Gov. Landry’s 1st month; WWII Museum founder receives honor; Mardi Gras fiscal impacts
Gov. Jeff Landry has been in office for almost a month now, and The Times-Picayune/The Advocate’s editorial director and columnist Stephanie Grace has been watching closely. She joins us now for more on his early priorities, including his push to expand death penalty methods.
It began over a glass of sherry. Nick Mueller was sharing a copita with his close friend and colleague Stephen Ambrose when Ambrose proposed the two collaborate on a D-Day museum, which could include Ambrose’s 600-plus oral histories.
Years later, and after Ambrose’s passing, the National World War II Museum is a top tourist attraction in New Orleans.
Nick Mueller, the museum’s co-founder, president and CEO emeritus, was recently honored with a Champion of Culture award by the Louisiana Endowment for the Humanities. He joins us for more on this honor and years of educating the public on World War II.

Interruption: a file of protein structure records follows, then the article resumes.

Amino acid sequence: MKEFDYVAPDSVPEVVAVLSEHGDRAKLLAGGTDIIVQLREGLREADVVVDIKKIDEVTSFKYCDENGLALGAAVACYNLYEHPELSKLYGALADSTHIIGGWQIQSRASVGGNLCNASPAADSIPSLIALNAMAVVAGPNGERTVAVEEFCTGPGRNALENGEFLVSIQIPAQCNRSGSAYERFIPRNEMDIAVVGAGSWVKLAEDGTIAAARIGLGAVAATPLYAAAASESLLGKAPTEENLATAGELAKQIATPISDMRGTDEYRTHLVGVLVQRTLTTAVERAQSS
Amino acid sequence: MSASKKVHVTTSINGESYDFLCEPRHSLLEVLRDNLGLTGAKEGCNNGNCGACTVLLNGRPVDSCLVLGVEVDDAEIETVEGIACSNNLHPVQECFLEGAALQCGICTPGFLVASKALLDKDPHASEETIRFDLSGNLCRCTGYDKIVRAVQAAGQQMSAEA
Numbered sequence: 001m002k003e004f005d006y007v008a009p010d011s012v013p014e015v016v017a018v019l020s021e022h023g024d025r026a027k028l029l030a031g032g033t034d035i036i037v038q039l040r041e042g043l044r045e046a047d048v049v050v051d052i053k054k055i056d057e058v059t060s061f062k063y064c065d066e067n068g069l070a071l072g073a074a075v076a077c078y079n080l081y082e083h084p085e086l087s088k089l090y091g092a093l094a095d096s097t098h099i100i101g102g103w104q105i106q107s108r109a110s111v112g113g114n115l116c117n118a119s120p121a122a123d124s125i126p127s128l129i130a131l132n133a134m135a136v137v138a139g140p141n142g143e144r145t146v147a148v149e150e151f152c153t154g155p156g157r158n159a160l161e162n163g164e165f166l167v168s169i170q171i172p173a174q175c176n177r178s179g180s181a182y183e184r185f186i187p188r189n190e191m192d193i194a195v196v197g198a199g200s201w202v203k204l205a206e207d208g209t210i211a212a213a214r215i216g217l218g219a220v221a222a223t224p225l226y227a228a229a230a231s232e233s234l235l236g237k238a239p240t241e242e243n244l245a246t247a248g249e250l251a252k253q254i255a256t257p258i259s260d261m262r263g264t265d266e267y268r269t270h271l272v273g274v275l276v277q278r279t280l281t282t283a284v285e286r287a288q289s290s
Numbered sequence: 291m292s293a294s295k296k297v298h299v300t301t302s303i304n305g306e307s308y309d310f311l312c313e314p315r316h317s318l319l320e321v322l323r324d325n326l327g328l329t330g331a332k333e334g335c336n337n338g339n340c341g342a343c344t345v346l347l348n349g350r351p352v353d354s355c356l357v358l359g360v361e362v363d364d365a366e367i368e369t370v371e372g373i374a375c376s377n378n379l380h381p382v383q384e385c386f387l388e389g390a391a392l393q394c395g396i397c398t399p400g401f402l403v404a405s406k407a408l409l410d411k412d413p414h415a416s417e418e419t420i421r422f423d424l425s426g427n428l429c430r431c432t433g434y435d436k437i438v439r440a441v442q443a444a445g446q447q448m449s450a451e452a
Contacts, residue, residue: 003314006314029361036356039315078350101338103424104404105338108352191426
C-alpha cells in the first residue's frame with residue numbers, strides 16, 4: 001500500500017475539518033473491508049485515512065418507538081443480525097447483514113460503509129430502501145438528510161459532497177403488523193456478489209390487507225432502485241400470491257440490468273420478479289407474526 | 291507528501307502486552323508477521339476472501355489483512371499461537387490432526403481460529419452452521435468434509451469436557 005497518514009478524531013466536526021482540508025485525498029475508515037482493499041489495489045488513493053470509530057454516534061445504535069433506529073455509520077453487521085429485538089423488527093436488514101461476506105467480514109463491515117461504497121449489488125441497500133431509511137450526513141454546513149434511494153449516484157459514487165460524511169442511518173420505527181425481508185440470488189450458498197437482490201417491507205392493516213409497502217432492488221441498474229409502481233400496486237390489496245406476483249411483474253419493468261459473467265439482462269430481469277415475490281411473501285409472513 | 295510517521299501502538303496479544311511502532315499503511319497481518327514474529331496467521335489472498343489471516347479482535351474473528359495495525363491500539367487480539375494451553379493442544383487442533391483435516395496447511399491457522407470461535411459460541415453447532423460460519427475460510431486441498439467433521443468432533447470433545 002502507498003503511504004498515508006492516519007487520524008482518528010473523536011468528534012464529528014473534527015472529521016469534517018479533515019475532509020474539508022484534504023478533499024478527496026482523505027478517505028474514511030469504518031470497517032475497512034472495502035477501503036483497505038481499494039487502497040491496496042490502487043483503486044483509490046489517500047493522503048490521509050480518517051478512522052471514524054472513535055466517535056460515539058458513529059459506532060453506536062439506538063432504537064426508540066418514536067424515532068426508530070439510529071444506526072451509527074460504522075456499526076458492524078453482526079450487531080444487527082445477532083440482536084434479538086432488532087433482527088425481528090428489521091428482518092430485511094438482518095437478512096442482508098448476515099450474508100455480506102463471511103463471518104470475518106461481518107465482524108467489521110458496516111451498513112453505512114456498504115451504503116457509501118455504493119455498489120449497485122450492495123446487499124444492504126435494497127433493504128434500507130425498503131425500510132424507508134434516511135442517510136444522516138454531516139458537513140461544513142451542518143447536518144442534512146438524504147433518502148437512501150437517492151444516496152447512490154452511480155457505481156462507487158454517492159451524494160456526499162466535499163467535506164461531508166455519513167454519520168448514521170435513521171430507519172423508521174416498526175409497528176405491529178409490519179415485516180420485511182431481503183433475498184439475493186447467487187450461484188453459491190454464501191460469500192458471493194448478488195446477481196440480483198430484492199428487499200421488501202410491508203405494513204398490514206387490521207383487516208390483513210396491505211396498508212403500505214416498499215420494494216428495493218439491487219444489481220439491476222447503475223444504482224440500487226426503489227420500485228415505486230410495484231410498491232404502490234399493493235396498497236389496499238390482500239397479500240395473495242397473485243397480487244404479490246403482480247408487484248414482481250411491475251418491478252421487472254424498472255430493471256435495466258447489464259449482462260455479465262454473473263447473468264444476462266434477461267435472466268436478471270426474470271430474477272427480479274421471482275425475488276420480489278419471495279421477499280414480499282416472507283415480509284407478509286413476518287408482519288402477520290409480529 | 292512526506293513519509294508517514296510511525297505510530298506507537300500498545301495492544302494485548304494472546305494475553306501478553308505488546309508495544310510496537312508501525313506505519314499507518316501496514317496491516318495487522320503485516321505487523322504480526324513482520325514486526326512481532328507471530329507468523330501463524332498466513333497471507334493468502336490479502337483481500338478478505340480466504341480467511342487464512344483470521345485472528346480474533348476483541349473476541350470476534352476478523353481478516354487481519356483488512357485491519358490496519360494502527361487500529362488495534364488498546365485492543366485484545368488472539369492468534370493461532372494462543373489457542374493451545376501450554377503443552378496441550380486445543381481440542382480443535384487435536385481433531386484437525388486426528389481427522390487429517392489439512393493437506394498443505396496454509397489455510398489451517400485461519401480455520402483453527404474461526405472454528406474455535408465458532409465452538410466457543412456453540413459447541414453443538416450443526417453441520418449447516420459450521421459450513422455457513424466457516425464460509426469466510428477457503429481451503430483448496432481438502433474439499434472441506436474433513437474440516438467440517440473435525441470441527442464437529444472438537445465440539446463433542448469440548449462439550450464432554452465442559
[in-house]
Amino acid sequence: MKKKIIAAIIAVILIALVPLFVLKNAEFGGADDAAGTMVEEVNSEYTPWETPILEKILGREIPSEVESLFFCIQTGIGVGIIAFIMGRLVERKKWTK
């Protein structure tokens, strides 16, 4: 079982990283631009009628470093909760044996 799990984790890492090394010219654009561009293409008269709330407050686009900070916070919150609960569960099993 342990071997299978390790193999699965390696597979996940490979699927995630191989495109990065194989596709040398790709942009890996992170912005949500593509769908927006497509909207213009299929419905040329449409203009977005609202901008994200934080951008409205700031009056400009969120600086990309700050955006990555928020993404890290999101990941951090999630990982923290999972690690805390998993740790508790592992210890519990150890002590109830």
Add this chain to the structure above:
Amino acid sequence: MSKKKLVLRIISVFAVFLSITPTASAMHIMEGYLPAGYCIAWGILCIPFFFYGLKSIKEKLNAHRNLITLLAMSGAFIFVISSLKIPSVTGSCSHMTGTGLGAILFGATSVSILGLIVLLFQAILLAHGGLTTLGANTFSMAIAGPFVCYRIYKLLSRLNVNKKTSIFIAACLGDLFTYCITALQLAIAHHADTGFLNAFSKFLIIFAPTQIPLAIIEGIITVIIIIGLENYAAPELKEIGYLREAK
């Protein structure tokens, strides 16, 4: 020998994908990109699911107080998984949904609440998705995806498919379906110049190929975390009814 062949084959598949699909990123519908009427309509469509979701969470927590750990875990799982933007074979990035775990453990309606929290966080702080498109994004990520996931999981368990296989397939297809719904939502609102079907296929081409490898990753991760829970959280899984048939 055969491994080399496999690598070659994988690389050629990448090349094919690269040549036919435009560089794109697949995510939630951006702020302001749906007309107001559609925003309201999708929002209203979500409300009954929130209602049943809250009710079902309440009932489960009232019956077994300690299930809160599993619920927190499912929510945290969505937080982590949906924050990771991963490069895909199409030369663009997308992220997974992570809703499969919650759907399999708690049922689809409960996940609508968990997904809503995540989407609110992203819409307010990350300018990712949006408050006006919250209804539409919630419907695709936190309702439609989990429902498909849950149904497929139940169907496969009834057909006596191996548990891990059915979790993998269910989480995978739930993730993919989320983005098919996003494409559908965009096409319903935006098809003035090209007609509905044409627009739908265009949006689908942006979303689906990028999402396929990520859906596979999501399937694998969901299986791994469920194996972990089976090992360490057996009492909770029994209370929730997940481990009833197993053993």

Over 70 parades take to the streets of metro New Orleans during Carnival. And while putting on the “greatest show on earth” certainly comes at a cost, Mardi Gras also brings economic benefits to the city with tourists, concerts and balls.
Toni Weiss, professor of economics at Tulane University joins us for more on the fiscal benefits of Mardi Gras.
Today’s episode of Louisiana Considered was hosted by Bob Pavlovich. Our managing producer is Alana Schreiber and our assistant producer is Aubry Procell. Our engineer is Garrett Pittman.
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